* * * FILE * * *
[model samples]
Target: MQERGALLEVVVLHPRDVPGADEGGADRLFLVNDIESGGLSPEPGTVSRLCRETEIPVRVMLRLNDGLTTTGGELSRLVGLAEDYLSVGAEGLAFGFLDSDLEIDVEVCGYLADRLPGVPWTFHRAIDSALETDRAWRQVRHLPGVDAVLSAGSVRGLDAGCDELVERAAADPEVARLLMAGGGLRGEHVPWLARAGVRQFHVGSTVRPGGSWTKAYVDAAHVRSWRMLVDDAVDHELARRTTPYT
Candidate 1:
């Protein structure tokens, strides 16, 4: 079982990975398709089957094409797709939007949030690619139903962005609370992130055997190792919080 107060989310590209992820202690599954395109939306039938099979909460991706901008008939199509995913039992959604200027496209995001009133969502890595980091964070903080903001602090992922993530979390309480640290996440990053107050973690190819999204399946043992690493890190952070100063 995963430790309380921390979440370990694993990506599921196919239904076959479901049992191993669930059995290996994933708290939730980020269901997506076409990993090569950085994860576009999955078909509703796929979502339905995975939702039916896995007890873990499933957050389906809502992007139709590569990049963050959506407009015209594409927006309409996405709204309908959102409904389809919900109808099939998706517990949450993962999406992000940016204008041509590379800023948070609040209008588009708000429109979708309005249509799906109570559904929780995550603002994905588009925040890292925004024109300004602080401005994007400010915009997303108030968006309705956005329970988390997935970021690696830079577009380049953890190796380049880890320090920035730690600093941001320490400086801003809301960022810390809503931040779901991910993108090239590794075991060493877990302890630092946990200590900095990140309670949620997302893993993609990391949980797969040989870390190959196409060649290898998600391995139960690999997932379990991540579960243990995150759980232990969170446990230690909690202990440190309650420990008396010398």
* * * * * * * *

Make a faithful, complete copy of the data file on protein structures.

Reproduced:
[model samples]
Target: MQERGALLEVVVLHPRDVPGADEGGADRLFLVNDIESGGLSPEPGTVSRLCRETEIPVRVMLRLNDGLTTTGGELSRLVGLAEDYLSVGAEGLAFGFLDSDLEIDVEVCGYLADRLPGVPWTFHRAIDSALETDRAWRQVRHLPGVDAVLSAGSVRGLDAGCDELVERAAADPEVARLLMAGGGLRGEHVPWLARAGVRQFHVGSTVRPGGSWTKAYVDAAHVRSWRMLVDDAVDHELARRTTPYT
Candidate 1:
């Protein structure tokens, strides 16, 4: 079982990975398709089957094409797709939007949030690619139903962005609370992130055997190792919080 107060989310590209992820202690599954395109939306039938099979909460991706901008008939199509995913039992959604200027496209995001009133969502890595980091964070903080903001602090992922993530979390309480640290996440990053107050973690190819999204399946043992690493890190952070100063 995963430790309380921390979440370990694993990506599921196919239904076959479901049992191993669930059995290996994933708290939730980020269901997506076409990993090569950085994860576009999955078909509703796929979502339905995975939702039916896995007890873990499933957050389906809502992007139709590569990049963050959506407009015209594409927006309409996405709204309908959102409904389809919900109808099939998706517990949450993962999406992000940016204008041509590379800023948070609040209008588009708000429109979708309005249509799906109570559904929780995550603002994905588009925040890292925004024109300004602080401005994007400010915009997303108030968006309705956005329970988390997935970021690696830079577009380049953890190796380049880890320090920035730690600093941001320490400086801003809301960022810390809503931040779901991910993108090239590794075991060493877990302890630092946990200590900095990140309670949620997302893993993609990391949980797969040989870390190959196409060649290898998600391995139960690999997932379990991540579960243990995150759980232990969170446990230690909690202990440190309650420990008396010398």